# Calculate orientation quaternion given two axes of a coordinate system

I know how to use quaternions to rotate my coordinate system about an axis and how to chain those together. Since this is not too complicated I thought it would also be easy to go the other way around, but now my head is smoking and I still couldn't figure out the solution...

Here is my Problem: I have to describe the orientation of a right-handed coordinate system relative to the world coordinate system. The x- and z-axis of this coordinate system are given as vectors (which are orthogonal to each other and normalized).

How can I calculate the quaternion which describes this orientation?

Thank you!

Given your orthonormal x- and z-axis vectors (I assume within the world coordinate system), you can easily construct the orthonormal basis (change) matrix $B=\{\vec{x}, \vec{x}\times\vec{z}, \vec{z}\}$. This one may basically be viewed directly as a rotation that can be transformed into a quaternion, although you may want to transpose/invert (it's the same for orthonormal matrices) $B$ first, as that yields a transformation from the world space to the new basis (see also Change of basis matrix to convert standard basis to another basis ).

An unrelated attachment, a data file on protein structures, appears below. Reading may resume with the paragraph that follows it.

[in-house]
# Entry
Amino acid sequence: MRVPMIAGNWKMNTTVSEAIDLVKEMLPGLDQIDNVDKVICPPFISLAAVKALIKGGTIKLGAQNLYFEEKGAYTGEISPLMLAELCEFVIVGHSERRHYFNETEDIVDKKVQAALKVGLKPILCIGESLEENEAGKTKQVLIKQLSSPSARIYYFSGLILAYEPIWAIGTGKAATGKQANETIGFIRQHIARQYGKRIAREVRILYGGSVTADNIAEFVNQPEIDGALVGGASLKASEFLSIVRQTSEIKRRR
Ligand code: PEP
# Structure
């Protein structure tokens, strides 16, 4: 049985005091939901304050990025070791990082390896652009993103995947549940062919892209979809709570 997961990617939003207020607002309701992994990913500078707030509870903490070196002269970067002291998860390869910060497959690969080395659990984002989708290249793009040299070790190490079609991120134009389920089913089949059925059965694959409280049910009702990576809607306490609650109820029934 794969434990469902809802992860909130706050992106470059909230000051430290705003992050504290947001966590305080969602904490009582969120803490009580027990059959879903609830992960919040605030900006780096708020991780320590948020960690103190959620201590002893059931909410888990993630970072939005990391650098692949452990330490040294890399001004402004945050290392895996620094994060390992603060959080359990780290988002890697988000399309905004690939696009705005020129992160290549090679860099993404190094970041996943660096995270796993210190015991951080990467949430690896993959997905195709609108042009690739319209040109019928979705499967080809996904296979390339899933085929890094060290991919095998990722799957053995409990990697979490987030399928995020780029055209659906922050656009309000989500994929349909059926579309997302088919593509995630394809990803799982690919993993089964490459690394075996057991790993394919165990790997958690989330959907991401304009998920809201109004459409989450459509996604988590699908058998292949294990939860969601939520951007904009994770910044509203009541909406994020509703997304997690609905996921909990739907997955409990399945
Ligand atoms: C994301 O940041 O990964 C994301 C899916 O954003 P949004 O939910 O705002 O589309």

Alternatively, you may go a more indirect way and define a world-space vector $\vec{v}$ (ideally with distinctive x-, y- and z-coordinates) that you express in the new basis (as $\vec{v}^*=B^{-1}\vec{v}$) and then compute the relative rotation between $\vec{v}$ and $\vec{v}^*$, assuming both as pure quaternions and computing $q=q_v^{-1}*q_{v^*}$ (as in this question on StackOverflow ).